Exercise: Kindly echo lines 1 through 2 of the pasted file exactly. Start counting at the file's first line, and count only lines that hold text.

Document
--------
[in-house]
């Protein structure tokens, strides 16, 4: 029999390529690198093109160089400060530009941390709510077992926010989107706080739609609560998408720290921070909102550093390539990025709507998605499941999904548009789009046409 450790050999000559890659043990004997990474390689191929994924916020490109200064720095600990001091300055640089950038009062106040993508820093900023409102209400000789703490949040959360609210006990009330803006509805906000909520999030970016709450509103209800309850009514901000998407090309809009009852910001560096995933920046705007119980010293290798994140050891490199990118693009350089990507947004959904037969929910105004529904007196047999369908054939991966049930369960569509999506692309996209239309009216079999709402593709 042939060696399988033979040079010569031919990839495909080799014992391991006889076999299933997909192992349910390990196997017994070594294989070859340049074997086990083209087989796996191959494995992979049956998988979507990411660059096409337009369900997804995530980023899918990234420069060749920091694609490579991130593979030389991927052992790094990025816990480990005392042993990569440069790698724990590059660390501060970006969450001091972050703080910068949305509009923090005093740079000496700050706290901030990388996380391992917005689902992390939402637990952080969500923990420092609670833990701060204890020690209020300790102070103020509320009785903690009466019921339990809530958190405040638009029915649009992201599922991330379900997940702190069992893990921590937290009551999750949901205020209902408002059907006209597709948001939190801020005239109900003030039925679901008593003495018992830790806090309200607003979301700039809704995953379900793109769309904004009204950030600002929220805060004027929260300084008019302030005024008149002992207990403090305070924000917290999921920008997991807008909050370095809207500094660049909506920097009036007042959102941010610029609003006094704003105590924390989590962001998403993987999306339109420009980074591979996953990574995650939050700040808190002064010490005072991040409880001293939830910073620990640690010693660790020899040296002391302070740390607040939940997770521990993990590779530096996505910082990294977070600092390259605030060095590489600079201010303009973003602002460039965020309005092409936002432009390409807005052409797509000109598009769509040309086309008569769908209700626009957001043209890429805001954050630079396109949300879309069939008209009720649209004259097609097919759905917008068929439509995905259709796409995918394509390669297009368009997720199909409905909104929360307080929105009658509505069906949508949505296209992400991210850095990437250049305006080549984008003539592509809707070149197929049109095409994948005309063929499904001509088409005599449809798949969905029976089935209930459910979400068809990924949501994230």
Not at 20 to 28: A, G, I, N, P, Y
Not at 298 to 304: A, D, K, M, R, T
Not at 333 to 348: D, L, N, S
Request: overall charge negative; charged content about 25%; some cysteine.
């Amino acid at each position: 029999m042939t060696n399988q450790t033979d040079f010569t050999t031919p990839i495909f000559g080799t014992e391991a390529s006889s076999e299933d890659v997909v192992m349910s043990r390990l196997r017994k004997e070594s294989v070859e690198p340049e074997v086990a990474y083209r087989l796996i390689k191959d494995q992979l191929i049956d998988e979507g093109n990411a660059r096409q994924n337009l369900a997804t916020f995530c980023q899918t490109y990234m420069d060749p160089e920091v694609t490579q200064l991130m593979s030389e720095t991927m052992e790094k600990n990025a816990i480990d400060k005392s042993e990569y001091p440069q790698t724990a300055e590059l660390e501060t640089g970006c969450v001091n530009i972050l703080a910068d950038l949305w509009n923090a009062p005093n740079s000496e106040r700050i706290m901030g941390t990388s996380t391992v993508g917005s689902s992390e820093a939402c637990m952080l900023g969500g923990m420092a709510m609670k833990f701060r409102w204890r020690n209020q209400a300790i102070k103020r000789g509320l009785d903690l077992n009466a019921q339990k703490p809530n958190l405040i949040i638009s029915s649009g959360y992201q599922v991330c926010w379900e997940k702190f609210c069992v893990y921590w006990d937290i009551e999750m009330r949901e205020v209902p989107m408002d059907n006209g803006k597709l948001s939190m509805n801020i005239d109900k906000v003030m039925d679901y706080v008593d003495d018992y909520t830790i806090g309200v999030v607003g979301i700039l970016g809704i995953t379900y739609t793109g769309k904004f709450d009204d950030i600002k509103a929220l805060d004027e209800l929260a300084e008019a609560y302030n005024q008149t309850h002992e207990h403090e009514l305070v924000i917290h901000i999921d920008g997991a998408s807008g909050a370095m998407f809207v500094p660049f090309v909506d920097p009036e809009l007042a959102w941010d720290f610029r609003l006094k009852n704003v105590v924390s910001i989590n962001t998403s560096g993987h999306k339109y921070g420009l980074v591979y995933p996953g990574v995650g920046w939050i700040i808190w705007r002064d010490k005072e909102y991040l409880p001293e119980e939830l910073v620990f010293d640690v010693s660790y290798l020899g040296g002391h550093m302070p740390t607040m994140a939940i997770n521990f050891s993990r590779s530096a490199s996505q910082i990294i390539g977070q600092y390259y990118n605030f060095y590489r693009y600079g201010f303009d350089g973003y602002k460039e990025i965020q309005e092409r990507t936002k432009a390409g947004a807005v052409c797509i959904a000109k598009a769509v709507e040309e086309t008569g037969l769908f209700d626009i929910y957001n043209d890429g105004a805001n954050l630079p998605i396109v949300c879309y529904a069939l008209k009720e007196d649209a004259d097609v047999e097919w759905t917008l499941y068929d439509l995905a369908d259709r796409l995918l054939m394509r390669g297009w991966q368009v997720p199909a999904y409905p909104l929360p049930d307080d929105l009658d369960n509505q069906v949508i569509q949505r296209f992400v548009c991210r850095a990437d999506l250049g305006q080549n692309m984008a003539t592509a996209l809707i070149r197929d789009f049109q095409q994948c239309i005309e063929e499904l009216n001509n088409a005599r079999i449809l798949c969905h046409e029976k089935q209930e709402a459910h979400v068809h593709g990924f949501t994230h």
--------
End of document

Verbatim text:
[in-house]
């Protein structure tokens, strides 16, 4: 029999390529690198093109160089400060530009941390709510077992926010989107706080739609609560998408720290921070909102550093390539990025709507998605499941999904548009789009046409 450790050999000559890659043990004997990474390689191929994924916020490109200064720095600990001091300055640089950038009062106040993508820093900023409102209400000789703490949040959360609210006990009330803006509805906000909520999030970016709450509103209800309850009514901000998407090309809009009852910001560096995933920046705007119980010293290798994140050891490199990118693009350089990507947004959904037969929910105004529904007196047999369908054939991966049930369960569509999506692309996209239309009216079999709402593709 042939060696399988033979040079010569031919990839495909080799014992391991006889076999299933997909192992349910390990196997017994070594294989070859340049074997086990083209087989796996191959494995992979049956998988979507990411660059096409337009369900997804995530980023899918990234420069060749920091694609490579991130593979030389991927052992790094990025816990480990005392042993990569440069790698724990590059660390501060970006969450001091972050703080910068949305509009923090005093740079000496700050706290901030990388996380391992917005689902992390939402637990952080969500923990420092609670833990701060204890020690209020300790102070103020509320009785903690009466019921339990809530958190405040638009029915649009992201599922991330379900997940702190069992893990921590937290009551999750949901205020209902408002059907006209597709948001939190801020005239109900003030039925679901008593003495018992830790806090309200607003979301700039809704995953379900793109769309904004009204950030600002929220805060004027929260300084008019302030005024008149002992207990403090305070924000917290999921920008997991807008909050370095809207500094660049909506920097009036007042959102941010610029609003006094704003105590924390989590962001998403993987999306339109420009980074591979996953990574995650939050700040808190002064010490005072991040409880001293939830910073620990640690010693660790020899040296002391302070740390607040939940997770521990993990590779530096996505910082990294977070600092390259605030060095590489600079201010303009973003602002460039965020309005092409936002432009390409807005052409797509000109598009769509040309086309008569769908209700626009957001043209890429805001954050630079396109949300879309069939008209009720649209004259097609097919759905917008068929439509995905259709796409995918394509390669297009368009997720199909409905909104929360307080929105009658509505069906949508949505296209992400991210850095990437250049305006080549984008003539592509809707070149197929049109095409994948005309063929499904001509088409005599449809798949969905029976089935209930459910979400068809990924949501994230």